Purpose – The purpose of this paper is to gain a deeper understanding of the main contemporary challenges for healthcare leaders in their everyday work practice, and the support they need to master their experienced dilemmas. Design/methodology/approach – Qualitative in-depth interviews (n=52), and focus-group interviews (n=6) with 31 first-line and 45 second-line healthcare leaders are analysed in line with constructivist grounded theory. Findings – In this paper, two leadership models are proposed for defining and differentiating ways of meeting different logics and demands made on leaders in the healthcare sector. The first model is leadership by separating different logics and fragmentation of time. Here, leaders express a desire for support in defining, structuring, dividing, and allocating tasks. The second model is leadership by integrating different logics and currentness of solutions. In this case, leaders want support in strengthening proactive leadership and shaping the basis for participative employeeship. Research limitations/implications – This research is designed to describe what people experience rather than to assess the frequency of that experience in the studied settings. However, it would be interesting to elaborate on the findings of this study using other research methodologies. Practical implications – The findings contribute to contextual knowledge that is of relevance in supporting healthcare leaders. This is helpful in identifying important conditions that support the establishment of leadership and employeeship, leading to improvements in healthcare practice. Originality/value – The paper describes how contemporary leadership in the healthcare sector is constituted through different strategies for meeting multiple logics.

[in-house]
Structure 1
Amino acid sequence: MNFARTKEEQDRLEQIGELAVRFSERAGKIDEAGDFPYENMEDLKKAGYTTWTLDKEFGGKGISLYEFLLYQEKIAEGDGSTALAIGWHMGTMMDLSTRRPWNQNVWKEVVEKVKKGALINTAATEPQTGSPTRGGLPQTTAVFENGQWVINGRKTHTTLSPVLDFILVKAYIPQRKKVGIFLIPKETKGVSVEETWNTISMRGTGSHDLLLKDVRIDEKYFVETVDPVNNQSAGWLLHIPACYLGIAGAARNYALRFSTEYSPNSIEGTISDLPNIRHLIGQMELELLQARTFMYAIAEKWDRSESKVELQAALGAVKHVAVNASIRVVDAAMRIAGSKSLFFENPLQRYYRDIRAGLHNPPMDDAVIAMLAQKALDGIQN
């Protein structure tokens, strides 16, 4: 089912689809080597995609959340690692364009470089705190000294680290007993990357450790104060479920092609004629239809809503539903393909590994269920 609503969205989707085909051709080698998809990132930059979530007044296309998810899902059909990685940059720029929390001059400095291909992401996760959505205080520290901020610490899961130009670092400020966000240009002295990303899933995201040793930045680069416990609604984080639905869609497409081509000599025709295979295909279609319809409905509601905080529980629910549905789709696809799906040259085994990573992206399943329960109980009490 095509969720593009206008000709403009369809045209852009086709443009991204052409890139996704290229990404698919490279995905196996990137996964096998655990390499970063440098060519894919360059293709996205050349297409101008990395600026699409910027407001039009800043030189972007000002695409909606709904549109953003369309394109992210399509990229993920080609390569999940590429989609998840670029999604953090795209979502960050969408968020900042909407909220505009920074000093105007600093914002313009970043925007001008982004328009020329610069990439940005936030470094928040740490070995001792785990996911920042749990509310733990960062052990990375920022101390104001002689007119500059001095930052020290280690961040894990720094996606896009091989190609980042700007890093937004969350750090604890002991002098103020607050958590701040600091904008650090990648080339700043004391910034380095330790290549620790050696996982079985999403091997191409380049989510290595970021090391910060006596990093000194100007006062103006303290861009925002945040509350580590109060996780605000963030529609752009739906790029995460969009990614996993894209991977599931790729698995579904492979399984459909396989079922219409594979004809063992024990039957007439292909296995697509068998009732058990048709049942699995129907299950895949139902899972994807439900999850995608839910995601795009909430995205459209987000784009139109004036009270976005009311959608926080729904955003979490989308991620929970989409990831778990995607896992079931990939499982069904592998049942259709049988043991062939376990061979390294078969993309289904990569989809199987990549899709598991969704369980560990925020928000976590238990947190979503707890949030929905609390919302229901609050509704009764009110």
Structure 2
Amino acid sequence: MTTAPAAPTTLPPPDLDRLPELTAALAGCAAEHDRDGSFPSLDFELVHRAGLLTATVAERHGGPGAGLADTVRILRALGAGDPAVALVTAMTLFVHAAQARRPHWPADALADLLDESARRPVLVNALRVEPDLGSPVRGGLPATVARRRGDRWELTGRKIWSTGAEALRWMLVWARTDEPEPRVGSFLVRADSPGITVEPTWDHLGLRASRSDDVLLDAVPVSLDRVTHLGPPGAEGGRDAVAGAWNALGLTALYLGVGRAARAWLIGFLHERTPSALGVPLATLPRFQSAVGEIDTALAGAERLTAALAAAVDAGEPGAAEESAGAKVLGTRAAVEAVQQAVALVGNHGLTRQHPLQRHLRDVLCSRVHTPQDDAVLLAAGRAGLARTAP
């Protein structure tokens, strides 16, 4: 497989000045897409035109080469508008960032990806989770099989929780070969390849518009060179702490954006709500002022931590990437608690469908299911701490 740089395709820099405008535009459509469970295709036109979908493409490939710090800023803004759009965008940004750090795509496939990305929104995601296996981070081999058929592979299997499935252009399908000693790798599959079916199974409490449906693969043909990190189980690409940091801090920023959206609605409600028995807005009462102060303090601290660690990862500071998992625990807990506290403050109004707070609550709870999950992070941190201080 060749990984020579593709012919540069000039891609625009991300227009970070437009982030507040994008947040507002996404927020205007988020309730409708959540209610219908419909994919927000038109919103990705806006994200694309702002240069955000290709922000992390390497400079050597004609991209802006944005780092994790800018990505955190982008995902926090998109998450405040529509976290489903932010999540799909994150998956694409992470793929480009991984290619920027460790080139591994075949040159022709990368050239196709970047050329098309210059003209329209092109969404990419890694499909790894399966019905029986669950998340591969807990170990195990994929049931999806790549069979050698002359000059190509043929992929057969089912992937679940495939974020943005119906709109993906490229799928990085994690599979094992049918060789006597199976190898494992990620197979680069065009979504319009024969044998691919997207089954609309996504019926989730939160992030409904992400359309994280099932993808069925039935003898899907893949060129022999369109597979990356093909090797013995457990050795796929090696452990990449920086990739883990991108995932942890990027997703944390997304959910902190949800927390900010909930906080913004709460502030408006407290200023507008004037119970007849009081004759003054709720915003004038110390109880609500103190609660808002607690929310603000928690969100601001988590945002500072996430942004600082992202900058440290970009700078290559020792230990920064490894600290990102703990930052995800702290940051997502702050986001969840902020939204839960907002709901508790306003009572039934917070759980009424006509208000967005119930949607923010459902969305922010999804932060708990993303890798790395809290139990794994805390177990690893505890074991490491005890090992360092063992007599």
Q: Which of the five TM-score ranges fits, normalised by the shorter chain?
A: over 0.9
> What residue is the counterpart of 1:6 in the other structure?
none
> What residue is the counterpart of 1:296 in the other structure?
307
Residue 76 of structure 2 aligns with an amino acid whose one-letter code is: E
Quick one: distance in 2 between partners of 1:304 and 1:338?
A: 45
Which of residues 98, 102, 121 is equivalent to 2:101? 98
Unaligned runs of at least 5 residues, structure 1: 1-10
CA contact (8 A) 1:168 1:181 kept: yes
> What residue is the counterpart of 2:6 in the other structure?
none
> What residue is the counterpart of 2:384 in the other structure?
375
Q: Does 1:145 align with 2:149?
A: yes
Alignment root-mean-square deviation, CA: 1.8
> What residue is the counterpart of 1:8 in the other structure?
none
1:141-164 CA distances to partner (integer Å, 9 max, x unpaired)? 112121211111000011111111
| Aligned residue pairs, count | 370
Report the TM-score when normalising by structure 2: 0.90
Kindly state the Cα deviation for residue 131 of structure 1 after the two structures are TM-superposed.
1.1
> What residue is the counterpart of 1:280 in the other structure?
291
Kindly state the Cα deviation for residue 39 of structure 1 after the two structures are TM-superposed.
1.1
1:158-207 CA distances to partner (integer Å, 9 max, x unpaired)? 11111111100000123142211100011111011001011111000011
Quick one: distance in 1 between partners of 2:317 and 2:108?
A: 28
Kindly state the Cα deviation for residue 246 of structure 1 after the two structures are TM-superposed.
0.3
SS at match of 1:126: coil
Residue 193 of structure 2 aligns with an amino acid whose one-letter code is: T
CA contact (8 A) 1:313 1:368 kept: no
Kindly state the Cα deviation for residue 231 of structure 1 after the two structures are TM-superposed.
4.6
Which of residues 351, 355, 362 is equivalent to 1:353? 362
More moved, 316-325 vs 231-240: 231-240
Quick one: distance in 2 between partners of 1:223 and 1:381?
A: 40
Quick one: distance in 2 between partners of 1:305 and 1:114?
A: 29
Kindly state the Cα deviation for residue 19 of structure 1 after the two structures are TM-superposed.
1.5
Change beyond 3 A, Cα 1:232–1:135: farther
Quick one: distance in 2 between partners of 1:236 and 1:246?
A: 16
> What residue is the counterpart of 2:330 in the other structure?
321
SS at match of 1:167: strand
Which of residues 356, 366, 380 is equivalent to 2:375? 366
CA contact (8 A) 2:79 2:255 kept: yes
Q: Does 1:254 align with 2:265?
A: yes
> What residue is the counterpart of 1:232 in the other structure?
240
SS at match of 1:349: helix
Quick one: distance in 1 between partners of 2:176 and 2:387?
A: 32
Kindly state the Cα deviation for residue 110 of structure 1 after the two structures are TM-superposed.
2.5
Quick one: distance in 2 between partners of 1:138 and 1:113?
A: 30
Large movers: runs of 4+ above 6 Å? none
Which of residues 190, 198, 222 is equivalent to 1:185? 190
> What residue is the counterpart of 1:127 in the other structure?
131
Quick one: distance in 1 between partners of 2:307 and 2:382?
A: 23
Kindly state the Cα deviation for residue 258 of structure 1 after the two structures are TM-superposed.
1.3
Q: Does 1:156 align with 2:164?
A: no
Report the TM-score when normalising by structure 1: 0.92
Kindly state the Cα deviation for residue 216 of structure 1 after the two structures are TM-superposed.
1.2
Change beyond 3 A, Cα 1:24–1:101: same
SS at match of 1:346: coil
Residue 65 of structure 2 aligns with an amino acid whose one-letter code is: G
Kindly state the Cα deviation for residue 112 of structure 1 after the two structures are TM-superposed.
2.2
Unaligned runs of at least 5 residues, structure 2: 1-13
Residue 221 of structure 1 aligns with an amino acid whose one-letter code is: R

• 3. Wikström, E
    et al.
    Tengelin, E
    Arman, R
    Dellve, Lotta
    [external].
    Regulating time commitments in healthcare organizations: managers’ boundary approaches at work and in life2011In: Journal of Health Organisation & Management, ISSN 1477-7266, E-ISSN 1758-7247, Vol. 25, no 5, p. 578-599Article in journal (Refereed)
    Abstract [en]

    The purpose of this paper is to explore managers' boundary setting in order to better understand their handling of time commitment to work activities, stress, and recovery during everyday work and at home. DESIGN/METHODOLOGY/APPROACH: The paper has qualitatively-driven, mixed method design including observational data, individual interviews, and focus group discussions. Data were analyzed according to Charmaz' view on constructivist grounded theory. FINDINGS: A first step in boundary setting was to recognize areas with conflicting expectations and inexhaustible needs. Second, strategies were formed through negotiating the handling of managerial time commitment, resulting in boundary-setting, but also boundary-dissolving, approaches. The continuous process of individual recognition and negotiation could work as a form of proactive coping, provided that it was acknowledged and questioned. RESEARCH LIMITATIONS/IMPLICATIONS: These findings suggest that recognition of perceived boundary challenges can affect stress and coping. It would therefore be interesting to more accurately assess stress, coping, and health status among managers by means of other methodologies (e.g. physiological assessments). PRACTICAL IMPLICATIONS: In regulating managers' work assignments, work-related stress and recovery, it seems important to: acknowledge boundary work as an ever-present dilemma requiring continuous negotiation; and encourage individuals and organizations to recognize conflicting perspectives inherent in the leadership assignment, in order to decrease harmful negotiations between them. Such awareness would benefit more sustainable management of healthcare practice. ORIGINALITY/VALUE: This paper highlights how managers can handle ever-present boundary dilemmas in the healthcare sector by regulating their time commitments in various ways.